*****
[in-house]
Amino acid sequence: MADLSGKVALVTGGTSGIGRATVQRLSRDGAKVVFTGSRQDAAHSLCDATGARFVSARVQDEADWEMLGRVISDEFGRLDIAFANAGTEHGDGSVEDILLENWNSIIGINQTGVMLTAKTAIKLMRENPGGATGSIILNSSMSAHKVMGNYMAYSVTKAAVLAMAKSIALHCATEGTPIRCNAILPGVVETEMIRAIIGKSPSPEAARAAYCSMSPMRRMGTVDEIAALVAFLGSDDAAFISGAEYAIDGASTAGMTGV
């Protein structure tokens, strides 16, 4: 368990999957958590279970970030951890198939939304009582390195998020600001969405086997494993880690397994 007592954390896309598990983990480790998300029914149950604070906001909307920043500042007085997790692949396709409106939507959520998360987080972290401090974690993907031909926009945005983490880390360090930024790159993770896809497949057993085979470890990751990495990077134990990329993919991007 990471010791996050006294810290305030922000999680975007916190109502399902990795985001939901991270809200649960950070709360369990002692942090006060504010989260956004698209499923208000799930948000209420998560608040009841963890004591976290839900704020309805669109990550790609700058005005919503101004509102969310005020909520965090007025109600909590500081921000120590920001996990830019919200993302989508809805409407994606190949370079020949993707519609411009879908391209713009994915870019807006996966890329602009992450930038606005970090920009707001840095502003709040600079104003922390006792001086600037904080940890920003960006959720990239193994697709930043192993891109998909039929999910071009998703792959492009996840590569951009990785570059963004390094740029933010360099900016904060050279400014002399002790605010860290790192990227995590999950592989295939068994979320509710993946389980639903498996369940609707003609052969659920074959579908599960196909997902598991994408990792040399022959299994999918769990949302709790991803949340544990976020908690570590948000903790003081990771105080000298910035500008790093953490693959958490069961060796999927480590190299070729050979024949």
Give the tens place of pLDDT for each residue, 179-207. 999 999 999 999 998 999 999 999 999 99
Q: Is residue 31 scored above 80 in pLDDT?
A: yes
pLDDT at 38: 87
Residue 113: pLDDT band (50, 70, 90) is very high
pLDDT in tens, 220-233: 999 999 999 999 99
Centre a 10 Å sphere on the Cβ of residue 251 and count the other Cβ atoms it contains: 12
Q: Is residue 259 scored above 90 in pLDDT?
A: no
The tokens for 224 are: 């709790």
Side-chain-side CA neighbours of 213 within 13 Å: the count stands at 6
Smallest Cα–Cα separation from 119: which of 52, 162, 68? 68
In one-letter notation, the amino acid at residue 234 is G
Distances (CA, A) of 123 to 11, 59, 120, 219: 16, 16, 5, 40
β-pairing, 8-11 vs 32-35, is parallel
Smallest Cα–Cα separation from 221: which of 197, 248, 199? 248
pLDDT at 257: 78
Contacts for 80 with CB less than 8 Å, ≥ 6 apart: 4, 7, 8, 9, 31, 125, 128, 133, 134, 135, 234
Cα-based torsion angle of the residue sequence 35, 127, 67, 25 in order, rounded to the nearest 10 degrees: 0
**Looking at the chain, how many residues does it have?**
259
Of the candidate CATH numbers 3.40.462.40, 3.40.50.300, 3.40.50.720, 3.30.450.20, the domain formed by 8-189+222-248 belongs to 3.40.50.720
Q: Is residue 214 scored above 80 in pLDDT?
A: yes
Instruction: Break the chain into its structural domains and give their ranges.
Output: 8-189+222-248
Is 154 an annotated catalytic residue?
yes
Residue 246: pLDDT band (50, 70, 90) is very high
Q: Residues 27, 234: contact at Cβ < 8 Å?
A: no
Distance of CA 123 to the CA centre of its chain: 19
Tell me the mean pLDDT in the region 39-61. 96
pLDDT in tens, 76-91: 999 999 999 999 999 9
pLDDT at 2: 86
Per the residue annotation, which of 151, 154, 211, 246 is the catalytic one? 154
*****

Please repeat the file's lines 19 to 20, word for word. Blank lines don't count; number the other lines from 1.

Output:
Smallest Cα–Cα separation from 221: which of 197, 248, 199? 248
pLDDT at 257: 78